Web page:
NASH: But you don't run cute. I saw you run before.
FILLION: Yeah, I run like I'm on fire. I don't love running. I'm built for comfort, not for speed.
NASH: You're a man after my own heart.
FILLION: I'll say the most difficult thing I have to do lately is speed in a car around a corner, whip down this street, and then land right here, so that your face is right here. Trying to hit a mark in a car, it's tough.
NASH: I want to know who's better at solving crime — John Nolan or Rick Castle?
FILLION: Good question. Rick Castle, he has really bizarre, terrible theories. His theories are always so far out there, but he eventually gets the guy always. And then John Nolan, he just has more crime versus murders. I'm going to say just by sheer number, John. But I'm going to say Rick Castle probably has solved far more murders though.
NASH: And who's cuter?
FILLION: Simone Clark.
FILLION: As far as wild cards go, as far as people you would want to spend your time with, would you pick Simone Clark or Desna from Claws? Those are two powerful personalities.
NASH: It's hard. I would pick Simone. Even though I feel like with Desna, whatever she comes with, my nails are going to look fantastic. I would pick Simone because she's a little more settled and she's on the right side of the law. If something went down, I would feel a little more protected even though Desna is a bad girl. You know what I mean? But if I'm rolling with her, anything is likely to happen.
FILLION: Someone is getting arrested.
NASH: And it might be me.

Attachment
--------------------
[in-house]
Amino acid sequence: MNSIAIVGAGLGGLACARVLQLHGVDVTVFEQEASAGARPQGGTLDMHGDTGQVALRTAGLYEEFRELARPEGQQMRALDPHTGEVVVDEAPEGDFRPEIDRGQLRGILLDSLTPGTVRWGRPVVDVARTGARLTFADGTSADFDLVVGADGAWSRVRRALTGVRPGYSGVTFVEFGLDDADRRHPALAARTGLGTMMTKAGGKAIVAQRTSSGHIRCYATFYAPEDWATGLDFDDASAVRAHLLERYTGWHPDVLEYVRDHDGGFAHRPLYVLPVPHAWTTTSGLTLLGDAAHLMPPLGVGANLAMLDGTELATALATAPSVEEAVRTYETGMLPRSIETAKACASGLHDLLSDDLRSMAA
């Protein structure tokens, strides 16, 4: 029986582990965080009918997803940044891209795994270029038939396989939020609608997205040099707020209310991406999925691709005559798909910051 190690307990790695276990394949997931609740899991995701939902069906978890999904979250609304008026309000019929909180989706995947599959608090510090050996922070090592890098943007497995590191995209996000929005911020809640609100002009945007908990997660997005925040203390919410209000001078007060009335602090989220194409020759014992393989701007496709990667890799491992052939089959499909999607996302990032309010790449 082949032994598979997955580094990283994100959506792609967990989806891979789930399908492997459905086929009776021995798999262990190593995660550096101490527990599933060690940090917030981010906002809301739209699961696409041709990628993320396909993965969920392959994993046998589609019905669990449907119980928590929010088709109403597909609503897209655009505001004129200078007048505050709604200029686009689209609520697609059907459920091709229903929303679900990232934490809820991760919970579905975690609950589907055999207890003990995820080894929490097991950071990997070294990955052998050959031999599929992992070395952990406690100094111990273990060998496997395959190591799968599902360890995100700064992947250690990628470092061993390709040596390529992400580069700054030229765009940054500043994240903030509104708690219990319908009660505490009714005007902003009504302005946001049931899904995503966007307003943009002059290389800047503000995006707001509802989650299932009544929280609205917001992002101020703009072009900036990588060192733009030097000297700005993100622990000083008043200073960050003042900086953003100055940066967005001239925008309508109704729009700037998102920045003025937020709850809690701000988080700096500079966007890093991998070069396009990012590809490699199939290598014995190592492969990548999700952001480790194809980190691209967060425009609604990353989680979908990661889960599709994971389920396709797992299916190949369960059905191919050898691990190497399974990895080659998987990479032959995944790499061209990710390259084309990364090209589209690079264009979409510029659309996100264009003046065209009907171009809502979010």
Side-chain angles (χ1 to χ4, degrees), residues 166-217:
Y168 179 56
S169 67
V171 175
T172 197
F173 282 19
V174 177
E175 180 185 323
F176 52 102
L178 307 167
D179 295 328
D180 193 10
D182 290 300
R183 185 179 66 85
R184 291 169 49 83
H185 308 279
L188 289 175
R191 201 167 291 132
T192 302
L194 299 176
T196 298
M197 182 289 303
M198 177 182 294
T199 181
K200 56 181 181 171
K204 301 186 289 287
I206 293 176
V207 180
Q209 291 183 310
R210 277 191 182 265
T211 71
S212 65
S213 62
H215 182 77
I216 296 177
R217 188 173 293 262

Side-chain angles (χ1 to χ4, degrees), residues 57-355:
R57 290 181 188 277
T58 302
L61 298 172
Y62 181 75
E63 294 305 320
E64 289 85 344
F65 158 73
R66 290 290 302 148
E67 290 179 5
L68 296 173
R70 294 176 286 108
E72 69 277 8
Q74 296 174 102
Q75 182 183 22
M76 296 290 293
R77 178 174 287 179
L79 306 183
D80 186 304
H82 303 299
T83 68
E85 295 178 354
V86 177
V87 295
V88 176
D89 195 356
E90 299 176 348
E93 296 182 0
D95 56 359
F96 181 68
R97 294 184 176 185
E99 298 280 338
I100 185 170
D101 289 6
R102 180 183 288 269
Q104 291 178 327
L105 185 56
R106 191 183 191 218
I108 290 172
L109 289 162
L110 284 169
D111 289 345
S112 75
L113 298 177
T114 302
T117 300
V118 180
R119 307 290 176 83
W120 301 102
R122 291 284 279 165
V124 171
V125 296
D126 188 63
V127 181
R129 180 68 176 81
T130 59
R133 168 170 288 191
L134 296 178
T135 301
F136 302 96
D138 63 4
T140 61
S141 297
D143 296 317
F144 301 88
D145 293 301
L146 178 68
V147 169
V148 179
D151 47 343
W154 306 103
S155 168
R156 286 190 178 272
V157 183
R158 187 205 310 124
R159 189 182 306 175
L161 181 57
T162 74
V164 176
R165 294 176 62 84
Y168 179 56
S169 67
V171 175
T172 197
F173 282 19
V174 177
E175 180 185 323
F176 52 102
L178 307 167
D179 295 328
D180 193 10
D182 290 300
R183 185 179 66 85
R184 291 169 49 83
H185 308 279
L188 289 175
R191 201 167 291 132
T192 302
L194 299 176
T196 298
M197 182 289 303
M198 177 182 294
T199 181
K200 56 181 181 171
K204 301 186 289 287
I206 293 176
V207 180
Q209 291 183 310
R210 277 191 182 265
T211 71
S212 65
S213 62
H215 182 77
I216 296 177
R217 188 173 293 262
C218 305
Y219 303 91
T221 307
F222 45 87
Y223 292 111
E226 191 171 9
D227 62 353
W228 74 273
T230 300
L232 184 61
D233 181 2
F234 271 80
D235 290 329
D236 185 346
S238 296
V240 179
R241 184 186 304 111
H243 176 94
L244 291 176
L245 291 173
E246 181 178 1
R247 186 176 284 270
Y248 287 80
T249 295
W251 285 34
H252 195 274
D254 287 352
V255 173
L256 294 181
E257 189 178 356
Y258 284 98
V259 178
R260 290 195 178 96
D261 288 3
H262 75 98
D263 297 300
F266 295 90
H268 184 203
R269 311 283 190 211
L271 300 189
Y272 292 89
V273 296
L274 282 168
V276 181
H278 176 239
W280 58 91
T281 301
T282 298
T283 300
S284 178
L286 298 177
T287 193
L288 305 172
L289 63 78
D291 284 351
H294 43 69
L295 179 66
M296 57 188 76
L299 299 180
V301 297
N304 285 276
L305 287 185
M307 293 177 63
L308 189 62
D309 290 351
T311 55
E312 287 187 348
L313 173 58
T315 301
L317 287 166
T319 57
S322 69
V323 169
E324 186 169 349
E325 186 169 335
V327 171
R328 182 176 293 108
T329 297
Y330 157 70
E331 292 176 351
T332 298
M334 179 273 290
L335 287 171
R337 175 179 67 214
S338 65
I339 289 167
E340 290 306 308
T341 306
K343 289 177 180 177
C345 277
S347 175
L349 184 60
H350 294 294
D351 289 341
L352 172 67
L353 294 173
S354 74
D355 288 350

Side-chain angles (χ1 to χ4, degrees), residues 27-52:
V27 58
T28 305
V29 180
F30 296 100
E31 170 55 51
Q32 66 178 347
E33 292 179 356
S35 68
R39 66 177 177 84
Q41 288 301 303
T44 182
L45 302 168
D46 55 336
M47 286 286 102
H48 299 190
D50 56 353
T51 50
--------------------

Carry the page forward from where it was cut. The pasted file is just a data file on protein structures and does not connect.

FILLION: I can see that. I would also pick Simone, but I think that's because me and Simone go way back, and I'm pretty invested.
Raymond Liu/ABC KB Holland and Eric Winter on 'The Rookie'
NASH: Okay, this is going to be a rapid-fire round. Hold onto your hats. Get ready. Don't overthink it. Say the first thing that comes to mind. Here you go. What is a wacky or wild version of a crossover between the shows that would be unlikely, but would be a dream of yours?
FILLION: Both casts wind up on Family Feud, and we have to compete against each other.
NASH: I thought you were going to say at a strip club, but I like your idea.
FILLION: Who is the most focused and intense on your set?
NASH: James Lesure. He's very focused. And as a matter of fact, if we sit around in a group, he's going to be the one that's going to get up and click off. I don't know what he does when he clicks off, but I would imagine he's somewhere being focused.
NASH: Both of our shows are dramas with moments of levity. Who on your set breaks the most?
FILLION: Richard! Richard T. Jones. But you know what? Here's the thing. It's also true of Richard in real life. He's just an easy laugh.
NASH: I was just getting ready to say, but he is also one who is never going to be cheated on the laugh. If you hear it, you will know it's him laughing.
FILLION: Who do you ship your character with the most? Who would you like to see your character in a romantic relationship with the most on your show?
NASH: None of them. I want all my lovers to be outside the work. I don't want to complicate things. At some point, it might create a lovely, delicious drama. But at the outset, I can't think of anyone… but they all think about me like that.
FILLION: Of course they do. They all have diaries with your name written over and over in hearts and stuff.
NASH: Somebody's got to do it.
NASH: Have you ever improvised a line that made it in? If so, can you name it?